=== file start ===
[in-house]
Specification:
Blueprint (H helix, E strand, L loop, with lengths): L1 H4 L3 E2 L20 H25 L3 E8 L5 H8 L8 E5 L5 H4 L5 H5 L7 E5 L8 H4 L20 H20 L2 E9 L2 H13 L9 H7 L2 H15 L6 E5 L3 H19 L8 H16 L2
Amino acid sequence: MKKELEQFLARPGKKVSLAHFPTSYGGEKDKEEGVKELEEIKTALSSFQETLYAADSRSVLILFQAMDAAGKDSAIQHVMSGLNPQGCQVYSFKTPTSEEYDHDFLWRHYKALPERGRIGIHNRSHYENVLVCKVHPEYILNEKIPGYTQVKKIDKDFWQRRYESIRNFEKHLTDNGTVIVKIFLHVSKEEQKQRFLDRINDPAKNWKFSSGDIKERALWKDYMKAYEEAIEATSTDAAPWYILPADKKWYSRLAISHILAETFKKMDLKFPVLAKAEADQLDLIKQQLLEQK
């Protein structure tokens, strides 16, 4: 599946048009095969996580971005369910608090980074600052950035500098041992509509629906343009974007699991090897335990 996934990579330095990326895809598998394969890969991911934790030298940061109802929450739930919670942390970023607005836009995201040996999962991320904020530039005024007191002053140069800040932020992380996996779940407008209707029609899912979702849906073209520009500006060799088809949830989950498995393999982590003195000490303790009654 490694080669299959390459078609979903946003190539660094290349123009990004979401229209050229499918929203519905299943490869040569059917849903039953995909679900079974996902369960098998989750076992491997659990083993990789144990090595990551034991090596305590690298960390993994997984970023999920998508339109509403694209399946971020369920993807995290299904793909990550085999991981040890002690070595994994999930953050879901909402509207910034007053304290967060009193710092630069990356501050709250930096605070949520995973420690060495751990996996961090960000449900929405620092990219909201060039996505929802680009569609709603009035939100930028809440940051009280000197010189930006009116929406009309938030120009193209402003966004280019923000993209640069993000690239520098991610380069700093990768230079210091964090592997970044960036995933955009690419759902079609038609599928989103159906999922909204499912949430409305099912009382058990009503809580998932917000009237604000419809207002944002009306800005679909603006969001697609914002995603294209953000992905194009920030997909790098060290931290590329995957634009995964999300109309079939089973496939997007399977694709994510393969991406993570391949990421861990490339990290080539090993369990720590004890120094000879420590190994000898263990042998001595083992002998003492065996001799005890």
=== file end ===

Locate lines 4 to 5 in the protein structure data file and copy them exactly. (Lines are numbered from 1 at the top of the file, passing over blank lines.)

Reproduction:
Amino acid sequence: MKKELEQFLARPGKKVSLAHFPTSYGGEKDKEEGVKELEEIKTALSSFQETLYAADSRSVLILFQAMDAAGKDSAIQHVMSGLNPQGCQVYSFKTPTSEEYDHDFLWRHYKALPERGRIGIHNRSHYENVLVCKVHPEYILNEKIPGYTQVKKIDKDFWQRRYESIRNFEKHLTDNGTVIVKIFLHVSKEEQKQRFLDRINDPAKNWKFSSGDIKERALWKDYMKAYEEAIEATSTDAAPWYILPADKKWYSRLAISHILAETFKKMDLKFPVLAKAEADQLDLIKQQLLEQK
């Protein structure tokens, strides 16, 4: 599946048009095969996580971005369910608090980074600052950035500098041992509509629906343009974007699991090897335990 996934990579330095990326895809598998394969890969991911934790030298940061109802929450739930919670942390970023607005836009995201040996999962991320904020530039005024007191002053140069800040932020992380996996779940407008209707029609899912979702849906073209520009500006060799088809949830989950498995393999982590003195000490303790009654 490694080669299959390459078609979903946003190539660094290349123009990004979401229209050229499918929203519905299943490869040569059917849903039953995909679900079974996902369960098998989750076992491997659990083993990789144990090595990551034991090596305590690298960390993994997984970023999920998508339109509403694209399946971020369920993807995290299904793909990550085999991981040890002690070595994994999930953050879901909402509207910034007053304290967060009193710092630069990356501050709250930096605070949520995973420690060495751990996996961090960000449900929405620092990219909201060039996505929802680009569609709603009035939100930028809440940051009280000197010189930006009116929406009309938030120009193209402003966004280019923000993209640069993000690239520098991610380069700093990768230079210091964090592997970044960036995933955009690419759902079609038609599928989103159906999922909204499912949430409305099912009382058990009503809580998932917000009237604000419809207002944002009306800005679909603006969001697609914002995603294209953000992905194009920030997909790098060290931290590329995957634009995964999300109309079939089973496939997007399977694709994510393969991406993570391949990421861990490339990290080539090993369990720590004890120094000879420590190994000898263990042998001595083992002998003492065996001799005890």